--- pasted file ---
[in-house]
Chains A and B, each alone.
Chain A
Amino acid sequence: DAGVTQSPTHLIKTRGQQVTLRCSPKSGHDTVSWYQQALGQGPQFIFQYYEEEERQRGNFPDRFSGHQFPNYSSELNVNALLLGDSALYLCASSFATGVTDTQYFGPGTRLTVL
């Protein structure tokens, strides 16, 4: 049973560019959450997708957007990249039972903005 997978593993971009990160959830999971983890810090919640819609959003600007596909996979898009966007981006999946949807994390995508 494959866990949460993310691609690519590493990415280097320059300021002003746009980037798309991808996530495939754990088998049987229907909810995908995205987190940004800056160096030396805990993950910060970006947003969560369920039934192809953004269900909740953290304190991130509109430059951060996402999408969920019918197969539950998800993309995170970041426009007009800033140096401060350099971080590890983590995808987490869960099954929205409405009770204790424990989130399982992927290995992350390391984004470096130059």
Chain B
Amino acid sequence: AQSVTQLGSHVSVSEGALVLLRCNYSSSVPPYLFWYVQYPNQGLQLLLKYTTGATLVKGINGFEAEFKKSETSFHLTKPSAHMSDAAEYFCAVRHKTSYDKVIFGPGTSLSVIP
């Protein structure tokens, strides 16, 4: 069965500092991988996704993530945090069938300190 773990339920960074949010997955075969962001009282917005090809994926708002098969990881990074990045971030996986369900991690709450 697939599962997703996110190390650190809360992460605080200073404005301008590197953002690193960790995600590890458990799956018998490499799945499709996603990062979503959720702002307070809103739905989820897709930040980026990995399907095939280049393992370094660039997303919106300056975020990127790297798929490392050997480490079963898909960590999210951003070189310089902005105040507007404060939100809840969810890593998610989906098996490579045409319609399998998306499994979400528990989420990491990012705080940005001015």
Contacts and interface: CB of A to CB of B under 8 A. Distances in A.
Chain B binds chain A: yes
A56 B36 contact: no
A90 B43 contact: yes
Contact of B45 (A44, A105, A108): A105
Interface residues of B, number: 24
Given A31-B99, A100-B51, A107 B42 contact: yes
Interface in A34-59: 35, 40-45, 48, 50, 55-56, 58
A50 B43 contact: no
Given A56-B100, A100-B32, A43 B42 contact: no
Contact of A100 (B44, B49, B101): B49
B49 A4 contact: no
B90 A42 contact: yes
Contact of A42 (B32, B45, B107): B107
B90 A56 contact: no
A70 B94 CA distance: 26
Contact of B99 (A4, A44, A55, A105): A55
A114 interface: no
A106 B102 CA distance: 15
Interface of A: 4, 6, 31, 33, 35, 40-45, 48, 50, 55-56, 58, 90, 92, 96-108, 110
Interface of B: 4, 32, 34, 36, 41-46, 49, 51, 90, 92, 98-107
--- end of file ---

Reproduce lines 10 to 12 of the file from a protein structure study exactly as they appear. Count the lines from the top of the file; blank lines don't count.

Chain B binds chain A: yes
A56 B36 contact: no
A90 B43 contact: yes